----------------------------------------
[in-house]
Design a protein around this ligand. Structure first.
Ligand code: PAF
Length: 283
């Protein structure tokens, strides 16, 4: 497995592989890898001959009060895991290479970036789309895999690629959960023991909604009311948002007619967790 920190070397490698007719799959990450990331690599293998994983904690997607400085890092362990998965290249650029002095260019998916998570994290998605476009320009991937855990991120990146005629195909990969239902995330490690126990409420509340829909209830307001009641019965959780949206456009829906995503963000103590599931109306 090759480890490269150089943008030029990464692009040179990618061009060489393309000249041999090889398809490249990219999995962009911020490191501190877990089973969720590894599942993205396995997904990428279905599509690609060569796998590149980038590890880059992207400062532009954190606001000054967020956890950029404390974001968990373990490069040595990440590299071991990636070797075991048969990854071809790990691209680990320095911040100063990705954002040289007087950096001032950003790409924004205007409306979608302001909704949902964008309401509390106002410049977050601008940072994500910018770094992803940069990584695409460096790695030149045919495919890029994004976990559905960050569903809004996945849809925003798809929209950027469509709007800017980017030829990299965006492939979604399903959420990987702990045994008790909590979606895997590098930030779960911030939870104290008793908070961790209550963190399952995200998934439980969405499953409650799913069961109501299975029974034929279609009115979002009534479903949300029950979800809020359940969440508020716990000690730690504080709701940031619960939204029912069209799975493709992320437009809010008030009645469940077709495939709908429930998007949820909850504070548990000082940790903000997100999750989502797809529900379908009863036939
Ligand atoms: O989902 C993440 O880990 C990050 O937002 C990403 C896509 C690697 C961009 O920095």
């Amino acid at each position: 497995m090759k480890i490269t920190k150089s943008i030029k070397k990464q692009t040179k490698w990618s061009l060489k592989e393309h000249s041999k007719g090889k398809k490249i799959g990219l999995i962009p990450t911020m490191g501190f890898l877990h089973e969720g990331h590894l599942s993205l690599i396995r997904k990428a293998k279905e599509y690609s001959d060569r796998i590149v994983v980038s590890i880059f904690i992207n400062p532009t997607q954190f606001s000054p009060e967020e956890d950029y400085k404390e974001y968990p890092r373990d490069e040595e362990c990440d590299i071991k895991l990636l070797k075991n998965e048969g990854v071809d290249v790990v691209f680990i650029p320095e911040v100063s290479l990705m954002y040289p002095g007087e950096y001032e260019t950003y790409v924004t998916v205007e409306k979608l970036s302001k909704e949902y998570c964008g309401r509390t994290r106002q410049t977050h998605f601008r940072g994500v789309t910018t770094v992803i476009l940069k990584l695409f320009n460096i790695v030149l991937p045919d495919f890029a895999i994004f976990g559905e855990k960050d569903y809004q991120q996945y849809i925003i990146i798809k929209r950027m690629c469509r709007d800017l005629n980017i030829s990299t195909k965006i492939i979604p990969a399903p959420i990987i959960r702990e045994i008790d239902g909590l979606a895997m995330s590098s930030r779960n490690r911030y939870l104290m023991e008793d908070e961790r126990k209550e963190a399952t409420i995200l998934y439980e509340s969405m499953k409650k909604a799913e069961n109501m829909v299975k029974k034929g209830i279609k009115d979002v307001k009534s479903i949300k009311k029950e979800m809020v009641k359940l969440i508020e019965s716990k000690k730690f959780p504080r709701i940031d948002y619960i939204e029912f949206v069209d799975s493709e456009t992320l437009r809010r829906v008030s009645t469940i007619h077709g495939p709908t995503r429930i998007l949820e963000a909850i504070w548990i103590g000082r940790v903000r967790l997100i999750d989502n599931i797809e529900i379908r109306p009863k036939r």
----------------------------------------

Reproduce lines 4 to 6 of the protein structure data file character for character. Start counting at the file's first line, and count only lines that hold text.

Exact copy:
Length: 283
């Protein structure tokens, strides 16, 4: 497995592989890898001959009060895991290479970036789309895999690629959960023991909604009311948002007619967790 920190070397490698007719799959990450990331690599293998994983904690997607400085890092362990998965290249650029002095260019998916998570994290998605476009320009991937855990991120990146005629195909990969239902995330490690126990409420509340829909209830307001009641019965959780949206456009829906995503963000103590599931109306 090759480890490269150089943008030029990464692009040179990618061009060489393309000249041999090889398809490249990219999995962009911020490191501190877990089973969720590894599942993205396995997904990428279905599509690609060569796998590149980038590890880059992207400062532009954190606001000054967020956890950029404390974001968990373990490069040595990440590299071991990636070797075991048969990854071809790990691209680990320095911040100063990705954002040289007087950096001032950003790409924004205007409306979608302001909704949902964008309401509390106002410049977050601008940072994500910018770094992803940069990584695409460096790695030149045919495919890029994004976990559905960050569903809004996945849809925003798809929209950027469509709007800017980017030829990299965006492939979604399903959420990987702990045994008790909590979606895997590098930030779960911030939870104290008793908070961790209550963190399952995200998934439980969405499953409650799913069961109501299975029974034929279609009115979002009534479903949300029950979800809020359940969440508020716990000690730690504080709701940031619960939204029912069209799975493709992320437009809010008030009645469940077709495939709908429930998007949820909850504070548990000082940790903000997100999750989502797809529900379908009863036939
Ligand atoms: O989902 C993440 O880990 C990050 O937002 C990403 C896509 C690697 C961009 O920095």